Part Two of my ongoing series about getting ready for first call. Check out Part One to read about the approval essay.
If you're a seminarian getting ready for assignment, you've probably found yourself explaining the process to friends, family members, parishioners from your internship site... the list goes on. If you're a friend, family member, etc. of a seminarian, you're probably interested in what a senior in seminary goes through. Assignment is complicated, and it can be confusing. I'll do my best to give an outline of how the process works.
Assignment for First Call: "So, you could go anywhere?"
Unlike nearly any other job (although the military seems similar, from what I understand), graduating ELCA seminarians going into their first call go through an assignment process. This is a mixed blessing. On the one hand, you're not expected to go out and find yourself a job, like most people have to when they get out of school. Instead, you are (ideally) matched with a congregation that needs your gifts and abilities. On the other hand, you don't have a lot of control over where you end up -- that decision is in the hands of the church, specifically the bishops. I'll be honest and say that it can be stressful to let go of that control.
So, how does the process work? In later posts, I'll write about the nuts and bolts, the paperwork seminarians have to fill out before they are assigned, the stages along the way. In this post, I want to lay out the broad outline of this nearly year-long process, as well as explain the geographical regions of the ELCA.
Every year, there are a group of graduating seminarians from the eight ELCA seminaries. And, throughout the church, there are congregations in need of pastors. Not all of these congregations are good contexts for first call pastors; their bishops help to decide which congregations will be open to being a first call site. The goal of assignment is to match up these soon-to-be-pastors with calls that are a good fit for their gifts and abilities. However, the church does not assign graduating seminarians directly to congregations (although it used to work that way, at least in some of the Lutheran denominations that preceded the ELCA). Instead, seminarians are assigned to a region and then a synod, and that's the process we call "Assignment".
Assignment for First Call: Regions? Synods?
A friend of mine, and spouse of a now-graduated seminarian, made a fantastic resource for anyone trying to understand the assignment process: a map of the regions of the ELCA. As you can see, the ELCA is divided into nine geographic regions. Each of these regions is broken into synods. (The size of the synods was determined by population of Lutherans, not land area. That's why you can have one synod - the Rocky Mountain Synod - that encompasses New Mexico, Colorado, Wyoming, Utah, and the panhandle of Texas, while the Twin Cities of Minneapolis and St. Paul rate two synods.) Seminarians are assigned first to one of these regions, then to a synod within that region.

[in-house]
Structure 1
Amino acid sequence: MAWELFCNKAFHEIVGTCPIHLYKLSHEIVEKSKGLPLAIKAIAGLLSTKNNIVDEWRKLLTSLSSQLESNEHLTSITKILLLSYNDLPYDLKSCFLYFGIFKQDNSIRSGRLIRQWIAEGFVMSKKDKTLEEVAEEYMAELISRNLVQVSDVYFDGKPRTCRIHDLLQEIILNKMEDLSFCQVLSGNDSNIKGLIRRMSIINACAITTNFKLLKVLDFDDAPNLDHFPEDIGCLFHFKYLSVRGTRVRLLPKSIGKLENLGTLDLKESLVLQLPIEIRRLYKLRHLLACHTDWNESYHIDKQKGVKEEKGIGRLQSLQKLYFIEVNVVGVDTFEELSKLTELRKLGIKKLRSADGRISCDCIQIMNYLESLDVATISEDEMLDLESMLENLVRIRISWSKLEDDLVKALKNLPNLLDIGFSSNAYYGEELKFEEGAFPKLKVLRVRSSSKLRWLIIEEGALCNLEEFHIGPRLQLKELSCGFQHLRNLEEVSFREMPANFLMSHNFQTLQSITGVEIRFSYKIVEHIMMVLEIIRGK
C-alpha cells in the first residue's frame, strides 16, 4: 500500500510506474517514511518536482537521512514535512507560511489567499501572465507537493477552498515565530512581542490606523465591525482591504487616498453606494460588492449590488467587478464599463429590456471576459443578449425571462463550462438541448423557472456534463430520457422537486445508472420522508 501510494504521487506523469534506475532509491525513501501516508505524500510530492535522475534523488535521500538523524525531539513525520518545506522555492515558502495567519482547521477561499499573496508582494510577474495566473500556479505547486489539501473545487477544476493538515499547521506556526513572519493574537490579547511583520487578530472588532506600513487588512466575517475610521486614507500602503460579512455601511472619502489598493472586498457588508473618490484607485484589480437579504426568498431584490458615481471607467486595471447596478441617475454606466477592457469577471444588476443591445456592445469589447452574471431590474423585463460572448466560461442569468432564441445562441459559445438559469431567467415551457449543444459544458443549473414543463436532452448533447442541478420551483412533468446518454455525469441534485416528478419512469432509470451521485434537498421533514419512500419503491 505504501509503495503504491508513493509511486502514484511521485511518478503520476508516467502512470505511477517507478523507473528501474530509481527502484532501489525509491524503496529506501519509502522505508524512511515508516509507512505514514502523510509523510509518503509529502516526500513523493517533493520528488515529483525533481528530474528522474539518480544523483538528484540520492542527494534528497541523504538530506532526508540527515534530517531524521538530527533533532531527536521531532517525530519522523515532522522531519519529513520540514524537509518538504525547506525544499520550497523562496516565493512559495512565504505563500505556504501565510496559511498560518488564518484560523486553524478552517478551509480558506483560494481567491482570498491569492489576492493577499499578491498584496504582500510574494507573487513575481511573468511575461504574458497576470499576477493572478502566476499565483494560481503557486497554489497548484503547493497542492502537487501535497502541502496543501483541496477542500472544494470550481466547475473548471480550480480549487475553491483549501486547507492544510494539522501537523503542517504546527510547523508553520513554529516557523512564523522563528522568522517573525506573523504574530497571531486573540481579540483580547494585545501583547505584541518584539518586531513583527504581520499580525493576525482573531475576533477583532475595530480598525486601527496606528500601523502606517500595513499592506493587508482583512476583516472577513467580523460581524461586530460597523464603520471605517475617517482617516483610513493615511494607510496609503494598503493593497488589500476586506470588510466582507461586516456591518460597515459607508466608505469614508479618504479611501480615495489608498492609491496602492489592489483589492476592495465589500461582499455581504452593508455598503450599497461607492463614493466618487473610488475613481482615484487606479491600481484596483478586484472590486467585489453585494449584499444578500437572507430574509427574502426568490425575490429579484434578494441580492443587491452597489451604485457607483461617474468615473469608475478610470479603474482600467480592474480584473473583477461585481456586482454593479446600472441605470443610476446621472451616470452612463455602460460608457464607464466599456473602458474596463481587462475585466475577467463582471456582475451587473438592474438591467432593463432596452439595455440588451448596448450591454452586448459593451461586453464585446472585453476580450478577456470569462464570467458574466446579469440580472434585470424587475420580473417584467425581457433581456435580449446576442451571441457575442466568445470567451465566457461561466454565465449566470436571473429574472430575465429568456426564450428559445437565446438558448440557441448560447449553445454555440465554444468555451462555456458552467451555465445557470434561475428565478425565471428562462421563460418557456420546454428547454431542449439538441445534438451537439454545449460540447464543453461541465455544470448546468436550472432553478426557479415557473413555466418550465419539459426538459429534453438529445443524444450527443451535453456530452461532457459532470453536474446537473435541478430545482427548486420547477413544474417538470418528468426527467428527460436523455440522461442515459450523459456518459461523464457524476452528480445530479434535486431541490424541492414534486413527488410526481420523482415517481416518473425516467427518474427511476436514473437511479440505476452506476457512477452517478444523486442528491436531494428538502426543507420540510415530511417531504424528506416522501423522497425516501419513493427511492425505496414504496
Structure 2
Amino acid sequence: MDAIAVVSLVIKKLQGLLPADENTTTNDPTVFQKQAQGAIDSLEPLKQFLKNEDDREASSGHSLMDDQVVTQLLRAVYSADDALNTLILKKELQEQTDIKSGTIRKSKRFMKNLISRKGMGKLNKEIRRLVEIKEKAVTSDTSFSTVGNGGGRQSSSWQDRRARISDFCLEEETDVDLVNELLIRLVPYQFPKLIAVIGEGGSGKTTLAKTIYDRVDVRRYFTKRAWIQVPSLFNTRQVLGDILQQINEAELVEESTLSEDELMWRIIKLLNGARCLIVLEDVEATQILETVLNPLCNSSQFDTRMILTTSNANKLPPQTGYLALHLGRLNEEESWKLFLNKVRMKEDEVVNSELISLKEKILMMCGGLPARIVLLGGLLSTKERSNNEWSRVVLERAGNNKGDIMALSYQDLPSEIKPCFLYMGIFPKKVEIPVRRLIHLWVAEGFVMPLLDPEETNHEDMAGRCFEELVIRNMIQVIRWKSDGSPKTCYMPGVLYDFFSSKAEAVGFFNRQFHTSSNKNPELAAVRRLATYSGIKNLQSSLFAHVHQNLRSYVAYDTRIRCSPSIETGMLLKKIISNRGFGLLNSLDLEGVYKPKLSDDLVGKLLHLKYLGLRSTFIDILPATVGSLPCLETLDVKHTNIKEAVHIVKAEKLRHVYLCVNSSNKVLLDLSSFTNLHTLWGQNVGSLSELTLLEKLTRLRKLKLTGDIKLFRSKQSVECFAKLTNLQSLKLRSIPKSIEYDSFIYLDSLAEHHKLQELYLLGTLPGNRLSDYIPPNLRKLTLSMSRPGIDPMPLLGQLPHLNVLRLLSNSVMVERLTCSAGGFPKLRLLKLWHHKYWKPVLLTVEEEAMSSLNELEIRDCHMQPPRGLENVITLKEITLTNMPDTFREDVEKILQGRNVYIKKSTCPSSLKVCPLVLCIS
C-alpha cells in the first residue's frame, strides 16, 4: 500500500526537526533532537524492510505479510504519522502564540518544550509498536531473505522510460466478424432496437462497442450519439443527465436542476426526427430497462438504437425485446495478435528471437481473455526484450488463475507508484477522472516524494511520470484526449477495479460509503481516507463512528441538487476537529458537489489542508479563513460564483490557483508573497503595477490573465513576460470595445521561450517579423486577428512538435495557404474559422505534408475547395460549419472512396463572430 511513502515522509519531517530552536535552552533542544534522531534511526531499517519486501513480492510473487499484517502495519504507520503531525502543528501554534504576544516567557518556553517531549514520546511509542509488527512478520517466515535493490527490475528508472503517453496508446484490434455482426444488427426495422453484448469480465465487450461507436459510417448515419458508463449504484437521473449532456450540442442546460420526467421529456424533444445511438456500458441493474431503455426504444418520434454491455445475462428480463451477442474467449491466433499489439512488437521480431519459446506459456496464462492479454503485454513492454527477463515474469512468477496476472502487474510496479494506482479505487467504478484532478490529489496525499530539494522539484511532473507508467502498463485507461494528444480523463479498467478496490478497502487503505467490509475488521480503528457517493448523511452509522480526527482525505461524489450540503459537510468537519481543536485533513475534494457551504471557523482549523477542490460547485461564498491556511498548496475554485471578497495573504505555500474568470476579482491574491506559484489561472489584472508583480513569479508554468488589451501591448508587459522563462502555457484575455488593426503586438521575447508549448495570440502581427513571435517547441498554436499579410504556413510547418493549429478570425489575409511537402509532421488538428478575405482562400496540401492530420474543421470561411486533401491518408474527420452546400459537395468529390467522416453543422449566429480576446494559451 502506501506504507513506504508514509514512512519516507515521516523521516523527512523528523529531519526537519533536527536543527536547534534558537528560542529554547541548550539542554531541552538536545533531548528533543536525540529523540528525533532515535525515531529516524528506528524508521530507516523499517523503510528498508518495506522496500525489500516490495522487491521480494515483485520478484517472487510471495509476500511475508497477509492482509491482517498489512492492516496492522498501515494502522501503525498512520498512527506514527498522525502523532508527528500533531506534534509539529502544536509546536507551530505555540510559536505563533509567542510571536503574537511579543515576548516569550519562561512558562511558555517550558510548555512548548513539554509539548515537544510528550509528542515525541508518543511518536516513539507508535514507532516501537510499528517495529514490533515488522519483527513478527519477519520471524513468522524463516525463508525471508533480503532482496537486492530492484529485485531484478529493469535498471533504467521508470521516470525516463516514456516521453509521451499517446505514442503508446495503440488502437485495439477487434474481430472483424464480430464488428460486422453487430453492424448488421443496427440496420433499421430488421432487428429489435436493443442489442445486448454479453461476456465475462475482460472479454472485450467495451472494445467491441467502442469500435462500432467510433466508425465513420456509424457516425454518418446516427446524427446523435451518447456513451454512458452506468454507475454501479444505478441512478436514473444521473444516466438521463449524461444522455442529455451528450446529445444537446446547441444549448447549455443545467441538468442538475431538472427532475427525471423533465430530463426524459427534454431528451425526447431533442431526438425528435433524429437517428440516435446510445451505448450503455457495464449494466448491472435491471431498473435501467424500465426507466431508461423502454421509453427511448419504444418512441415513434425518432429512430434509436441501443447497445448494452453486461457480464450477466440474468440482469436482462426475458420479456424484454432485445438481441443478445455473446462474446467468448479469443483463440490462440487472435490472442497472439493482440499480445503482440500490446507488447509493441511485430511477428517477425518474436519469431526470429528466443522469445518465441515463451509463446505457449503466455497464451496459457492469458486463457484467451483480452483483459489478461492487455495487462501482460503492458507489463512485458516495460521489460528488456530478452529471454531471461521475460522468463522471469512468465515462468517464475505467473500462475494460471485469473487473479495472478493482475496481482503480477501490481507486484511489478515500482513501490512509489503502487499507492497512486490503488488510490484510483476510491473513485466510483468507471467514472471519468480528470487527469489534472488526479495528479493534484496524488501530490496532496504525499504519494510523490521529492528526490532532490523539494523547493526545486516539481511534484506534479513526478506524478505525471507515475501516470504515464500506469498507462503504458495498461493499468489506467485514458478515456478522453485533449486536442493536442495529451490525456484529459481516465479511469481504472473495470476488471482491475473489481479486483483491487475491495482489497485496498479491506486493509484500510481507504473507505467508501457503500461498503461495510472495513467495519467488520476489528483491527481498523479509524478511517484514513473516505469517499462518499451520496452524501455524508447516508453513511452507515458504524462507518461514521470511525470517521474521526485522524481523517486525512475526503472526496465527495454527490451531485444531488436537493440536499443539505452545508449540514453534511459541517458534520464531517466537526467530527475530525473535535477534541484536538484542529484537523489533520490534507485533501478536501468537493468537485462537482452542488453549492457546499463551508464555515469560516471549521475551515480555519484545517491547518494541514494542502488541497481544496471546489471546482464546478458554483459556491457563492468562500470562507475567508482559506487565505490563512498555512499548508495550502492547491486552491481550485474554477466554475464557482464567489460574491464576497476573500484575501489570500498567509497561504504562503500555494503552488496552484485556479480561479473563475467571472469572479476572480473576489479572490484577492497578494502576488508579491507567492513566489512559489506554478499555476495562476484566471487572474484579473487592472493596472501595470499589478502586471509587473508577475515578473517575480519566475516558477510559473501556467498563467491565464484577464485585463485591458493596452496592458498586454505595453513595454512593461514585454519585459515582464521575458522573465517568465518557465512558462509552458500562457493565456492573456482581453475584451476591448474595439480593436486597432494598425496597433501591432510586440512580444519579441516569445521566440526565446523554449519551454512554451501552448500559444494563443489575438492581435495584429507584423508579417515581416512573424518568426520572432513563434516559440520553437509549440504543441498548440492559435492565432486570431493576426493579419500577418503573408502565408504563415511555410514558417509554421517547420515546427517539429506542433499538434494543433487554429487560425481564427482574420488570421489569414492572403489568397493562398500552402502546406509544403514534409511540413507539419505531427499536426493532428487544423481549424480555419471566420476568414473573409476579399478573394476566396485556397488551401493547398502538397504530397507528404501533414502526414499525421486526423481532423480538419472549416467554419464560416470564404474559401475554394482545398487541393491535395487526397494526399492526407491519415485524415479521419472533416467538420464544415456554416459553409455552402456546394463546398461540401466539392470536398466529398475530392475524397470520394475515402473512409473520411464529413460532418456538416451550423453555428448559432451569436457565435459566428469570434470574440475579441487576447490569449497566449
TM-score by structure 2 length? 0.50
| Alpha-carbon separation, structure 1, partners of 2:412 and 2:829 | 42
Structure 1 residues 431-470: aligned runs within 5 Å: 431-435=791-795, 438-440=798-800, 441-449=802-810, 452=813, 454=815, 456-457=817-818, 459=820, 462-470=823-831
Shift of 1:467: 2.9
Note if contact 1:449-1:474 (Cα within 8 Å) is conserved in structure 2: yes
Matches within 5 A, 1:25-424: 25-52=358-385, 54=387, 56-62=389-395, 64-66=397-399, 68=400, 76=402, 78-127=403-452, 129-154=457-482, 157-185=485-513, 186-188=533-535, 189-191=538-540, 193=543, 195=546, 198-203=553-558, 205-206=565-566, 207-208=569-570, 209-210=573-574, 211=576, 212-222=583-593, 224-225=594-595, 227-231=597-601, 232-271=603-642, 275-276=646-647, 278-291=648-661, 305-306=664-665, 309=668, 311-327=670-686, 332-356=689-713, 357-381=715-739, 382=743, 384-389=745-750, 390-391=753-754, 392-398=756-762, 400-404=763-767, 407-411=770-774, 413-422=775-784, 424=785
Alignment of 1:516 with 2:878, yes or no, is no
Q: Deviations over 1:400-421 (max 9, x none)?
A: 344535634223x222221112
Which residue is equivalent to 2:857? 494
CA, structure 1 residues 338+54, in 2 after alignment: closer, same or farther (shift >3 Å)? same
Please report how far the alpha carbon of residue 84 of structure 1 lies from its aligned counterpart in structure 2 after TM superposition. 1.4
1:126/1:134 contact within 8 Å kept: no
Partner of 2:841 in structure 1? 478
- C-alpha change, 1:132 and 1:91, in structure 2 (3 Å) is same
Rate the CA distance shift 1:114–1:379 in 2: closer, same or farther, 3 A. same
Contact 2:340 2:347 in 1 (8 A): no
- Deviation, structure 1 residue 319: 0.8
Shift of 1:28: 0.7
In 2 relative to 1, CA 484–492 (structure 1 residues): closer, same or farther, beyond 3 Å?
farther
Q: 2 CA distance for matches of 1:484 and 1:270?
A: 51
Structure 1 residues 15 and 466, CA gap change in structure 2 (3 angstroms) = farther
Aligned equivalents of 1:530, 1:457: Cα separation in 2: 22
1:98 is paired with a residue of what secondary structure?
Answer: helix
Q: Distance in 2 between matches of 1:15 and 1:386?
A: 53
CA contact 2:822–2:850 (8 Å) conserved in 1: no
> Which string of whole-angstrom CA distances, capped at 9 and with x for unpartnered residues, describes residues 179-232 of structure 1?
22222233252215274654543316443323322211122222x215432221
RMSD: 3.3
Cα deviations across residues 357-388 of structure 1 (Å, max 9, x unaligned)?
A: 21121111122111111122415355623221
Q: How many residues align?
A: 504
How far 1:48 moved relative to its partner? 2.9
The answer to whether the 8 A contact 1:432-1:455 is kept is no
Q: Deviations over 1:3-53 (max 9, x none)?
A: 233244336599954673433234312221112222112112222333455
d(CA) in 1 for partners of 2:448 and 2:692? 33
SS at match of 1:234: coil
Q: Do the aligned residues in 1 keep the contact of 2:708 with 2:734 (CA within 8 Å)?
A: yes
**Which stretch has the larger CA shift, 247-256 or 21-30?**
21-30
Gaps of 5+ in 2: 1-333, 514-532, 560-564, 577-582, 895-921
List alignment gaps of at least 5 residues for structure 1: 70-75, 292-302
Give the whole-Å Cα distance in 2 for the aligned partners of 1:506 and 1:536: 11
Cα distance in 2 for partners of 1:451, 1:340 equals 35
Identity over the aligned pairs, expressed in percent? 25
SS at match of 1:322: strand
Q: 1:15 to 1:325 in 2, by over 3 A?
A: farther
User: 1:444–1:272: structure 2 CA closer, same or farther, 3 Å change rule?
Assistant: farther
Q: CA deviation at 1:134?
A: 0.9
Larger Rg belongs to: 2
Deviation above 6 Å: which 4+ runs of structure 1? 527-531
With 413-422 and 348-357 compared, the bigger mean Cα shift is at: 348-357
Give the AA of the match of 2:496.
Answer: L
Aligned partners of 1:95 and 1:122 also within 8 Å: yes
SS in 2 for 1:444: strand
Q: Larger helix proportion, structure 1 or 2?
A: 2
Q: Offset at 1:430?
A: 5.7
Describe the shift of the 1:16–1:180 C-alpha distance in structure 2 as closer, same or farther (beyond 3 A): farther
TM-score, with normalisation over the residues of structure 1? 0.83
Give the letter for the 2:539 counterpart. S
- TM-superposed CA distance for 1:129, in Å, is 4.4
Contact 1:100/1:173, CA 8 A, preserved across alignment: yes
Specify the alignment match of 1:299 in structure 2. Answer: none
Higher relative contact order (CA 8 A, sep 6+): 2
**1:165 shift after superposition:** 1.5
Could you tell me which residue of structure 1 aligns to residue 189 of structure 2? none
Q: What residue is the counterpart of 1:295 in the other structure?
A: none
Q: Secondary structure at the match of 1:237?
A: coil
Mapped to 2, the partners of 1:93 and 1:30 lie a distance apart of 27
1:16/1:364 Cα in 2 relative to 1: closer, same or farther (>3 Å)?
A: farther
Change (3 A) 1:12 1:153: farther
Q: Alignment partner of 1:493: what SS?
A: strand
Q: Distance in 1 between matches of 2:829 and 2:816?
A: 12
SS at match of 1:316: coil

So, as a seminarian, do you have any control over where you're assigned? In a limited sense, yes. Loosely speaking, there are two ways a seminarian can influence their assignment: restriction and preference. If a seminarian has a restriction, that means he or she can only accept a call in a certain area due to extenuating circumstances. For example, he might have young kids in school and a spouse with a job who can't move; or she might have an aging parent for whom she provides care. In these cases, the seminarian fills out additional paperwork explaining their restriction (e.g. within fifty miles of a certain city) and their reason. These restrictions are taken seriously by the church, but they can mean that a seminarian has to wait much longer for a call.
Even if a seminarian doesn't have a pressing reason to restrict, he or she can still state preferences for where he or she would like to be assigned. For example, you could state a preference for Region 2 first, then Region 6, and then Region 3 (three regions is the most you can preference). Preferences are no guarantee for where you'll end up, but they are taken into consideration at the regional assignment meeting.
Assignment for First Call: The Draft Pick
Every year, the bishops in each region come together and decide how many first call spots they have available. At the same time, they receive loads of paperwork (more on that in Part Three) from the graduating seminarians who have been approved for ordination. This gives them an idea of who will be available at assignment. It also allows them to see the preferences or restrictions the seminarians have stated.
In February (for seminarians who will be graduating in the spring), these bishops gather in Chicago, along with representatives from each of the seminaries. Seminarians humorously refer to this meeting as "the draft pick". To understand how it works, I recommend reading this post from a bishop who's been there. In short, the seminarians are doled out to each of the regions based on their preferences, the first call sites available, and the matches bishops have in mind. Again, bishops don't assign a first call pastor directly to a congregation - "You, go to this church" - but they often have contexts in mind that would be a good fit for a particular seminarian. Also, a bishop can't request more first call pastors than they have calls for. In theory, that helps to ensure that graduating seminarians aren't sitting around for months waiting for a church. The system is imperfect, but it's set up to be as effective as possible both for congregations and seminarians.
Well, that's about as brief as a summary could be. This is the process my classmates and I will be going through this year. There are plenty of details - and probably plenty of anxiety - to describe over the next few months. Check back here to find out more.